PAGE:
I worked at a salad bar in a grocery store my second year of college, opening early in the mornings, chopping vegetables and fruit until I was covered in juice. I hated being sticky!! The working environment wasn’t that pleasant, with management putting some undue stress on staff…I guess I didn’t see the need for the high stress since I was only chopping vegetables! I quickly realized I could work for minimum wage or better doing something I enjoyed more and that was a lot less messy! I learned a lot about retail and customer service at the several part-time jobs I had during college, and I saw that you have to be willing to do the hard work, sometimes in jobs you hate, so that you can get to the work you are passionate about.
If you were to start over, what would you do differently?
I look back and remember that my first time in college, I was drawn to art, but was afraid I wouldn’t succeed in making a career out of it, so I put it to the side for a few years, changed my major, and joined the US Army instead, eventually graduating with a commission and serving on active duty for four years. That was a great learning experience too, so I wouldn’t change that, but I wish that I had gone ahead and pursued an art degree and not been afraid of the outcome. After serving in the US Army, I did return to school and completed a BFA in Painting and Art History.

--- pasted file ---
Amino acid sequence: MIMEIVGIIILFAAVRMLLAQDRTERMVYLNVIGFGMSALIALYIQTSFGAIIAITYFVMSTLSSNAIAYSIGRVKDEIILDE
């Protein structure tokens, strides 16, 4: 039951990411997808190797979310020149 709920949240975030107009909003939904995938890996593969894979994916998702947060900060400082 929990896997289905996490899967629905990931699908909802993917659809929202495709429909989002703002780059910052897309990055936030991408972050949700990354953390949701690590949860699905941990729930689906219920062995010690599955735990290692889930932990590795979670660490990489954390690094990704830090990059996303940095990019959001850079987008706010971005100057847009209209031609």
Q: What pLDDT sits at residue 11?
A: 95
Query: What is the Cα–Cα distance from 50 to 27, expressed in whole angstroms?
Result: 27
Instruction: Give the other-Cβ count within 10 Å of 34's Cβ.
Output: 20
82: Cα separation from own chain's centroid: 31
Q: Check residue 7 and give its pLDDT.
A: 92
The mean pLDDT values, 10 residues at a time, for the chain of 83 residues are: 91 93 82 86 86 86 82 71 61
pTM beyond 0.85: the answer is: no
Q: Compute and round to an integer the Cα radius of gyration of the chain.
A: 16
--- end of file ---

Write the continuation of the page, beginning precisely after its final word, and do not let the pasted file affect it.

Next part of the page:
What is one strategy that has helped you grow your business and attract new customers?
I think one of the most important elements of growing my business is found in providing great customer service. When I can provide a quality product for a reasonable price and in a reasonable amount of time, then I am helping my customers solve a problem or a need, and they are much more likely to tell their friends about my services. A good recommendation from a customer goes a very long way in reaching out to a larger customer base, and I am so appreciative of that. I am also exploring social media as a way to expand my reach and connect with customers. Instagram is a great way to share photos of jewelry that aren’t on the website yet, maybe just in the development stage. I also want people to see that I am a small business, hammering away in my studio, that I listen to feedback and am always open to creative input.
What is one challenge you faced as an entrepreneur, and how did you overcome it?
I think as an entrepreneur, you are always blazing a new path, sometimes with little guidance, trying to figure out what works for your business and what doesn’t, taking chances, and dealing with the consequences, good or bad. I think my experience in the Army actually prepared me to jump into things before I had really figured them out. Every job I had in the Army and since then, (parenting!!), has felt like I was thrown into something way over my head, before I was ready or trained, so I just had to figure it out. I think it takes some mental toughness to tackle that every day, but it’s definitely worth it.